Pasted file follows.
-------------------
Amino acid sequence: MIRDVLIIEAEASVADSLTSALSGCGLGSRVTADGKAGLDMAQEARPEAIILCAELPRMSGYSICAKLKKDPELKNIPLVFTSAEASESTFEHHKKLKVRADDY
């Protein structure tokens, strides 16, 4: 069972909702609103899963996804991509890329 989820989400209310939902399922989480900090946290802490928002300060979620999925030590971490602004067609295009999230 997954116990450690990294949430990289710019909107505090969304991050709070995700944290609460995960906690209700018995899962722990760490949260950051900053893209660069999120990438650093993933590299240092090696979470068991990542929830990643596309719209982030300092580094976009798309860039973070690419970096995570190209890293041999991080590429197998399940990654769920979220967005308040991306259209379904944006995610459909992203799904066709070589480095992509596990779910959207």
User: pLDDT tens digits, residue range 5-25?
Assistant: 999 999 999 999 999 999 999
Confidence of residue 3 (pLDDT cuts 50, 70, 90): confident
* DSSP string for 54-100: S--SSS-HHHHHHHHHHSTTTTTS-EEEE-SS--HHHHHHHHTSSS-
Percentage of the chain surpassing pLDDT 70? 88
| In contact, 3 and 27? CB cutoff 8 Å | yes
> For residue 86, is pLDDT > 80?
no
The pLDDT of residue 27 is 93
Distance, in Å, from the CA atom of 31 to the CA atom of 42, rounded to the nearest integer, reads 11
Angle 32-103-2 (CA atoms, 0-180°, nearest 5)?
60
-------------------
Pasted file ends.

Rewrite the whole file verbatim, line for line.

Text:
Amino acid sequence: MIRDVLIIEAEASVADSLTSALSGCGLGSRVTADGKAGLDMAQEARPEAIILCAELPRMSGYSICAKLKKDPELKNIPLVFTSAEASESTFEHHKKLKVRADDY
């Protein structure tokens, strides 16, 4: 069972909702609103899963996804991509890329 989820989400209310939902399922989480900090946290802490928002300060979620999925030590971490602004067609295009999230 997954116990450690990294949430990289710019909107505090969304991050709070995700944290609460995960906690209700018995899962722990760490949260950051900053893209660069999120990438650093993933590299240092090696979470068991990542929830990643596309719209982030300092580094976009798309860039973070690419970096995570190209890293041999991080590429197998399940990654769920979220967005308040991306259209379904944006995610459909992203799904066709070589480095992509596990779910959207």
User: pLDDT tens digits, residue range 5-25?
Assistant: 999 999 999 999 999 999 999
Confidence of residue 3 (pLDDT cuts 50, 70, 90): confident
* DSSP string for 54-100: S--SSS-HHHHHHHHHHSTTTTTS-EEEE-SS--HHHHHHHHTSSS-
Percentage of the chain surpassing pLDDT 70? 88
| In contact, 3 and 27? CB cutoff 8 Å | yes
> For residue 86, is pLDDT > 80?
no
The pLDDT of residue 27 is 93
Distance, in Å, from the CA atom of 31 to the CA atom of 42, rounded to the nearest integer, reads 11
Angle 32-103-2 (CA atoms, 0-180°, nearest 5)?
60